I’d only been laid off for two weeks from my job as an audiologist when we got the idea to own a franchise. Our son was going to the [Kidville] in Bethesda and absolutely loving it. It’s a lot like an adult gym in that there are classes, but you can also come and just play in the gym, except, of course, adults don’t have to bring their parents with them to supervise at the gym.

But it was 45 minutes in the car for a 45-

minute class, and I thought: Why don’t I bring something closer? I’m the kind of person who always has to be doing something. I love that feeling of accomplishment — and two weeks was too long apparently for me to go without pitching in.

As soon as we had our kids, it was like, “What are we going to do with them?” You can only walk around the mall so many times. You can’t go outside every day. You can only do so much on the playground before you hear, “Mom, I bored.” And parents want their kids to be involved in “enrichment.” We get a lot of nannies, and I know that moms who can’t be with their kids feel better knowing that they’re somewhere safe and clean, not just sitting around watching a movie. Parents really want their kids to fit in. I can see them relax when their kids make friends and do new things — even if it’s just jumping on a trampoline. It sounds cliched, but kids have fun here — that’s all that matters.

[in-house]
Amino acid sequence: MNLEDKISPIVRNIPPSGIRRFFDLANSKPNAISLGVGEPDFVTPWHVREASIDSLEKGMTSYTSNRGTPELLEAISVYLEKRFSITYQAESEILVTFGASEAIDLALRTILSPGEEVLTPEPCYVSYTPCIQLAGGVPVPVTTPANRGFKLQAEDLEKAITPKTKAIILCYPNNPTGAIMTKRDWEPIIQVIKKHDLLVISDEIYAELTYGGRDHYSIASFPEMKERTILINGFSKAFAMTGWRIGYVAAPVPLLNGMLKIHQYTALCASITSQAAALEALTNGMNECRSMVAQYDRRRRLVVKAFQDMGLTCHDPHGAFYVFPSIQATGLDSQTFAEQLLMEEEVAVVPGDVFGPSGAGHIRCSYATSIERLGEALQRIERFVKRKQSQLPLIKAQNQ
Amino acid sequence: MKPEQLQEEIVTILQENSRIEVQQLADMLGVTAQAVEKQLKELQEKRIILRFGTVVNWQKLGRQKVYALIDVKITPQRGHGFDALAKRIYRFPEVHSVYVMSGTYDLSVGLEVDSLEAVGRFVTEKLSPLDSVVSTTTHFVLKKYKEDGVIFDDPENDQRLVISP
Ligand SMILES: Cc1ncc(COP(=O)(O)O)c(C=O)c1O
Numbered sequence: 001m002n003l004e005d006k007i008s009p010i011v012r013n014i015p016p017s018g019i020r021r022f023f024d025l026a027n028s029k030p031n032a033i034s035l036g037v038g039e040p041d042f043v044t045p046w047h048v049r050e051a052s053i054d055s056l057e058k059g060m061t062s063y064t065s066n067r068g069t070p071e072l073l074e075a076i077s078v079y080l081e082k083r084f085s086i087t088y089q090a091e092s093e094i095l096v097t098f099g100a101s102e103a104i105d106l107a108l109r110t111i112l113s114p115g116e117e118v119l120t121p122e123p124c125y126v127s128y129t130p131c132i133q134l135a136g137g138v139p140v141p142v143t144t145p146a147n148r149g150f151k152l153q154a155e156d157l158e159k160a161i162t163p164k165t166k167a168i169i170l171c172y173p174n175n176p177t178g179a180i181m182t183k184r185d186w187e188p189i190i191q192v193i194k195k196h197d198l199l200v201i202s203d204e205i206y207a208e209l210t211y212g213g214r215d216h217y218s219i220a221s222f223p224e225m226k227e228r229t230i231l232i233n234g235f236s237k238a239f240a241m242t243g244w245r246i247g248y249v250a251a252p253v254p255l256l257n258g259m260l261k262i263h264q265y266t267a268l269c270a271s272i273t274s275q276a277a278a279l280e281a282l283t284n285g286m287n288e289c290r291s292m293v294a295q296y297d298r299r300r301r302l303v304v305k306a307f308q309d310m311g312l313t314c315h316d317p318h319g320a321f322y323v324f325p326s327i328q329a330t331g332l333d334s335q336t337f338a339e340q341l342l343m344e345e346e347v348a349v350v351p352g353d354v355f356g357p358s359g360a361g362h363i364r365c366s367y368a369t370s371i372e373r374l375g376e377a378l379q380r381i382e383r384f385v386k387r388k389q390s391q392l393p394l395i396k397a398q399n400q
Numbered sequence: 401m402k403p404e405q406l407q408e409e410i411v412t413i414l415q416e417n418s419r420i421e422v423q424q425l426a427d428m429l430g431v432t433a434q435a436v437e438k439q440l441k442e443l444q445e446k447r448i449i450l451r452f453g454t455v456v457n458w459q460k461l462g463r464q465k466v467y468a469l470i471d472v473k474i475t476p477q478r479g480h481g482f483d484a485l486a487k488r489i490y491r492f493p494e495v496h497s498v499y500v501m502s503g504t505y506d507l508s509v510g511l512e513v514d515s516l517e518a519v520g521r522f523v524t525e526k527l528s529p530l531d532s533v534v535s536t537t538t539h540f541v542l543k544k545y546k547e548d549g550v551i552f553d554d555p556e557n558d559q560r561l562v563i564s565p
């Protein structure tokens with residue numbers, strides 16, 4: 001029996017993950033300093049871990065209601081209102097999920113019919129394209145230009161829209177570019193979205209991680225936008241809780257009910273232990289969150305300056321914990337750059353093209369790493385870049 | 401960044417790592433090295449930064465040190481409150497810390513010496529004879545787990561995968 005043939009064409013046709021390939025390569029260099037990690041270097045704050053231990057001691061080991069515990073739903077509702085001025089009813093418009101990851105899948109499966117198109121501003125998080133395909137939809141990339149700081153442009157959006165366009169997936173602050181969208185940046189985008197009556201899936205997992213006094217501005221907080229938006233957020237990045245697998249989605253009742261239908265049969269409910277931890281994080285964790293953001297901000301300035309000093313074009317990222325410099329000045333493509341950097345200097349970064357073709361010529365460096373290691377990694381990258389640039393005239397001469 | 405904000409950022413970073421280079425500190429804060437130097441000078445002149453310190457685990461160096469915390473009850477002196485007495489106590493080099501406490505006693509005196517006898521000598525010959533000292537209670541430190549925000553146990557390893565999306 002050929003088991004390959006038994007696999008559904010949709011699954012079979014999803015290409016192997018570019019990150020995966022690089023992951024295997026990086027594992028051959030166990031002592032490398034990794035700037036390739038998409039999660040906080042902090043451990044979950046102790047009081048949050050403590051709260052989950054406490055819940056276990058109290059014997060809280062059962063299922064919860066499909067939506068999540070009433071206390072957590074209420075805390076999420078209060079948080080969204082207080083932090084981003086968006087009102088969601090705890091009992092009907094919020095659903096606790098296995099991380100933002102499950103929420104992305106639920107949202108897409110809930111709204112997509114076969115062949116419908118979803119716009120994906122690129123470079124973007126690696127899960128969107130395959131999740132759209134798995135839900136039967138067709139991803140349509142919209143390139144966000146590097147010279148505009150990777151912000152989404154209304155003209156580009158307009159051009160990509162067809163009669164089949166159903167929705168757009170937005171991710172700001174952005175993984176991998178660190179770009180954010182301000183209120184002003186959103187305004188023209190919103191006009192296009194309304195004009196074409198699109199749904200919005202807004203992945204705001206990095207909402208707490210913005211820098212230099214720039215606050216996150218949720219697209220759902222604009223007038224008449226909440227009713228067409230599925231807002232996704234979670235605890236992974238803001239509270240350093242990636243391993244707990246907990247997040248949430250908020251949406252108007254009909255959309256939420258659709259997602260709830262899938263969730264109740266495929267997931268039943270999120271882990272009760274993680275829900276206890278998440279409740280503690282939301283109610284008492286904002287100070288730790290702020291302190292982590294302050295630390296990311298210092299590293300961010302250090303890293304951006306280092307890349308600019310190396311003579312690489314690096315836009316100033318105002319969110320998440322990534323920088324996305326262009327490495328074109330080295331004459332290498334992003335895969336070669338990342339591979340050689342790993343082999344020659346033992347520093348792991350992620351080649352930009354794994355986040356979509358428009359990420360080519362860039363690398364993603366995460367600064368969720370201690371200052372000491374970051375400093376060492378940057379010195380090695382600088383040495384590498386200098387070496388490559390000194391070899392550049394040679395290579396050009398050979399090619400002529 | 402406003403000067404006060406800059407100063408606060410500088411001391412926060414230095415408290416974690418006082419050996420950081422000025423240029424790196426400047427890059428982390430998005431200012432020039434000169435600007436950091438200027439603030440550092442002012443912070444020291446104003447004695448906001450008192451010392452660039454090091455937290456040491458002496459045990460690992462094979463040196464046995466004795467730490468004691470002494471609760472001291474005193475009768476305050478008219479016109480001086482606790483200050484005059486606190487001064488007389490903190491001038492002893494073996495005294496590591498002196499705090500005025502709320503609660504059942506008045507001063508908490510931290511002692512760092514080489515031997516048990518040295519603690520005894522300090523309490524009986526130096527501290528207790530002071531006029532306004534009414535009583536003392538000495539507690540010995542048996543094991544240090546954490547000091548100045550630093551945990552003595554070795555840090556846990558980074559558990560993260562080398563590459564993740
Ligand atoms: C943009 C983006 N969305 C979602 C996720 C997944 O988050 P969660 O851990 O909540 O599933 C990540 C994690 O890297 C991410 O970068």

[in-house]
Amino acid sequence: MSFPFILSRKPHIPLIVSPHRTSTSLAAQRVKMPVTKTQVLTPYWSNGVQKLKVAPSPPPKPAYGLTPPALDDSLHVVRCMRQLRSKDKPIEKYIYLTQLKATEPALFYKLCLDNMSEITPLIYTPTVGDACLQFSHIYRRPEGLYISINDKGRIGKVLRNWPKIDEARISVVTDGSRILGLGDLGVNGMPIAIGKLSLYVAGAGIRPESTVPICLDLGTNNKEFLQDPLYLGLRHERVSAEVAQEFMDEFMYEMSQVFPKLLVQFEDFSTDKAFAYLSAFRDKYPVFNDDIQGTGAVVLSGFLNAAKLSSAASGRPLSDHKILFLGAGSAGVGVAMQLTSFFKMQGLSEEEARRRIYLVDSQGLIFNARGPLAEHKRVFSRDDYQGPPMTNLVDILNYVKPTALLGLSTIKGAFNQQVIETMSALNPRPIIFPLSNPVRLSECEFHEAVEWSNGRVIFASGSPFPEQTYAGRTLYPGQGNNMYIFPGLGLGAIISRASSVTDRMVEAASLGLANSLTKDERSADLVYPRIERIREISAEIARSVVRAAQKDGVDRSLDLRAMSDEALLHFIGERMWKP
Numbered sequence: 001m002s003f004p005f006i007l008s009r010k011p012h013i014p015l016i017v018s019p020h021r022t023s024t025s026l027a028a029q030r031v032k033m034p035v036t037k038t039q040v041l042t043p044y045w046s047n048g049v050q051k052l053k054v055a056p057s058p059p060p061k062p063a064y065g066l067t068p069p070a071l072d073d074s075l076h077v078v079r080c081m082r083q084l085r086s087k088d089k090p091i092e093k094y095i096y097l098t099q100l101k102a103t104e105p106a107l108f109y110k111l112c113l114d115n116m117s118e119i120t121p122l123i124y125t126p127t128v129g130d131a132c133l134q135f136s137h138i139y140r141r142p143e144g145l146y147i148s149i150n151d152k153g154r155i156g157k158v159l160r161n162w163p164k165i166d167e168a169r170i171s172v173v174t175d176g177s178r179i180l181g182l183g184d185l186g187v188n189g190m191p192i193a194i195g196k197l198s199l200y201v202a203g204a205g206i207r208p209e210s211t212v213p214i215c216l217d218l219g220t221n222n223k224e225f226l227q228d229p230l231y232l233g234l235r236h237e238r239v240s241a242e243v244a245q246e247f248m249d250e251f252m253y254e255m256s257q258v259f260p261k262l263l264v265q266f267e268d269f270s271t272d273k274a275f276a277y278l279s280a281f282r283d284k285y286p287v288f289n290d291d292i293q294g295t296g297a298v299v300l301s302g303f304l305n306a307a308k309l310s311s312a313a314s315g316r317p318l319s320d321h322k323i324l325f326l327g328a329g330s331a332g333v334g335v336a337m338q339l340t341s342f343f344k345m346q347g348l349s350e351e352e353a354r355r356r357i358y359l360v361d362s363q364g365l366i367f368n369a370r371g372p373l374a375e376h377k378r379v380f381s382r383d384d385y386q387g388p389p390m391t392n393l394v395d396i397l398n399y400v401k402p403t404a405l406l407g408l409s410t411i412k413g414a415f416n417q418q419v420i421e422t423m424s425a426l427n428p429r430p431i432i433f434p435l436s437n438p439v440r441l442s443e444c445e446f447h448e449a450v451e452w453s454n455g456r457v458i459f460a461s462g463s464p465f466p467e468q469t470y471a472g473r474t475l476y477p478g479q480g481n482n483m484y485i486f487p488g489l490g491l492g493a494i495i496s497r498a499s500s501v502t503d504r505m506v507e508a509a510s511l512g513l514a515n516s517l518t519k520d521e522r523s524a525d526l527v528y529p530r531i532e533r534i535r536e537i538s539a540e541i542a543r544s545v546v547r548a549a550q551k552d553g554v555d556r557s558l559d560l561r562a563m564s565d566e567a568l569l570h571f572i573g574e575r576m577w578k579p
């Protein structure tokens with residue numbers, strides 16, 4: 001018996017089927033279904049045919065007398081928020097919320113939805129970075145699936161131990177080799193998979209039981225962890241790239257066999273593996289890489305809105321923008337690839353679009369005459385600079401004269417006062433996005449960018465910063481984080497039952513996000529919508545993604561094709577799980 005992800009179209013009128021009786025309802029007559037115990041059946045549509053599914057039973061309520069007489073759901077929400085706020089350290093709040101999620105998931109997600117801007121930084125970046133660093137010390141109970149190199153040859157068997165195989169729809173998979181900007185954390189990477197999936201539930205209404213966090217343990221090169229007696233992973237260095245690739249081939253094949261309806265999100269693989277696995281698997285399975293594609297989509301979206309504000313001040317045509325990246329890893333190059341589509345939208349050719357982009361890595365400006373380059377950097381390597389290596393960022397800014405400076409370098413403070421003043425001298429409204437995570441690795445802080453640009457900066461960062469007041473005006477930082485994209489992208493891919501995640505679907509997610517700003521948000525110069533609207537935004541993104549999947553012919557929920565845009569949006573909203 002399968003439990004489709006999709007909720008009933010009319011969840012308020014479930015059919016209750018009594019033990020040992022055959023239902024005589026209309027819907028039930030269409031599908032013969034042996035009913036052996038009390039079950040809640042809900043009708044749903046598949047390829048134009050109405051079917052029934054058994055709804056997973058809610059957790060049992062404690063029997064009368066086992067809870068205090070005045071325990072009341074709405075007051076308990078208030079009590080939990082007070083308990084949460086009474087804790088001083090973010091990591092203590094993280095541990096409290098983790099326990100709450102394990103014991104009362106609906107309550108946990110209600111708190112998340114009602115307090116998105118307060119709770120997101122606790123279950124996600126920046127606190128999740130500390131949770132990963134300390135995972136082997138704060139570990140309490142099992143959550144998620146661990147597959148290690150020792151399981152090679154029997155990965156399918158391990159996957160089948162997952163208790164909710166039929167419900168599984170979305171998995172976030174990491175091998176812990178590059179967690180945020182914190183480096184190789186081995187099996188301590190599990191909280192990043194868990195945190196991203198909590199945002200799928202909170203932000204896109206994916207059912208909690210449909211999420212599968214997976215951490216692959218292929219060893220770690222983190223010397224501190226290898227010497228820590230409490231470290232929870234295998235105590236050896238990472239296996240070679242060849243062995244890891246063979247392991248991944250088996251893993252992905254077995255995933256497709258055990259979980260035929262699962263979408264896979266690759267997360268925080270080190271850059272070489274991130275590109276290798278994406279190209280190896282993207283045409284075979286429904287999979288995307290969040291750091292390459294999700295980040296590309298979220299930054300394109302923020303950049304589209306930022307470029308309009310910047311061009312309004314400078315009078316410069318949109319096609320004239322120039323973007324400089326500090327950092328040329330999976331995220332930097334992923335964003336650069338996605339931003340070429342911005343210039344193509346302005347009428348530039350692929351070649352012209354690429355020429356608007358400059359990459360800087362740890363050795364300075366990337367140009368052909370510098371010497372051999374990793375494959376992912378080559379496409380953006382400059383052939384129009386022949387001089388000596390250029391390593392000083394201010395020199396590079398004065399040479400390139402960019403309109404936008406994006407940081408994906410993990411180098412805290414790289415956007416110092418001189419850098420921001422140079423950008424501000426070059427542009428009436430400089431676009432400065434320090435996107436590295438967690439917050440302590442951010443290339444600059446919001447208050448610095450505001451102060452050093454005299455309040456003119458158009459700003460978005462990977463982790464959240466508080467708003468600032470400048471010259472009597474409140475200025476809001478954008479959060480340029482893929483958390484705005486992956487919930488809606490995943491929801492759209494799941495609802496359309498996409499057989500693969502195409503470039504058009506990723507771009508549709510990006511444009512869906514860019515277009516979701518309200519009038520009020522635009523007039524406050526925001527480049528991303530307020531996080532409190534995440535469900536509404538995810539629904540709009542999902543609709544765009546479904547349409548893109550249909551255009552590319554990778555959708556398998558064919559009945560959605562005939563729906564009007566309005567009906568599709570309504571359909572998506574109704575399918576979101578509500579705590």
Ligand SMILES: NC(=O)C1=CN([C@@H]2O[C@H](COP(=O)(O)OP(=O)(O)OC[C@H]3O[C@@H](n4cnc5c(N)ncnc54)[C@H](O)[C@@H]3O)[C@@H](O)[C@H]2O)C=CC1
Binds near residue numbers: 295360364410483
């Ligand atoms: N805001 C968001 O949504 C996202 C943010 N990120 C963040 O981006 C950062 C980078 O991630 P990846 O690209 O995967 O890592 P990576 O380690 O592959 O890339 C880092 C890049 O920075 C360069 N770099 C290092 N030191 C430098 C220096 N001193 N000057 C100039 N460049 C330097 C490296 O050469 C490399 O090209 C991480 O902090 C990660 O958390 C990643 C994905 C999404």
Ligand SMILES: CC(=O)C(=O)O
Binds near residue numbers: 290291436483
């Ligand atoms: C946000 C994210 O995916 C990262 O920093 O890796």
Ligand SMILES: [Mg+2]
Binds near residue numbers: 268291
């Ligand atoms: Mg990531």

I still haven’t exhaled completely. We’re doing great for only being open six weeks — but it’s six weeks in the summer. We’re competing with the pool. We’re competing with camps and vacations. When the phone rings, I want to grab it and make that sale. On slow days, I want to walk out into the parking lot or wherever parents are and tell them and their kids about us. But I’m learning to trust. I’m learning everything — how to do interviews, deal with minor emergencies — everything. The hardest lesson is saying no. People want things for free. We’ve given away a lot of classes and trials just to get people through the door and let them see what we offer. I have to walk that line between being nice and filling this place and being a pushover.

When I see kids and parents come in the morning, having a rough day, tired and grouchy, and then leave giggling and asking when they can come back, that’s when I know it’s going to be okay. When the moms like you and tell other moms about you, that’s what really counts. My friend told me that when she told her co-workers she was going out to lunch with me, they were all like: “You know the owner of Kidville? We love that place.” I’ve never thought of myself like that, but it felt good.

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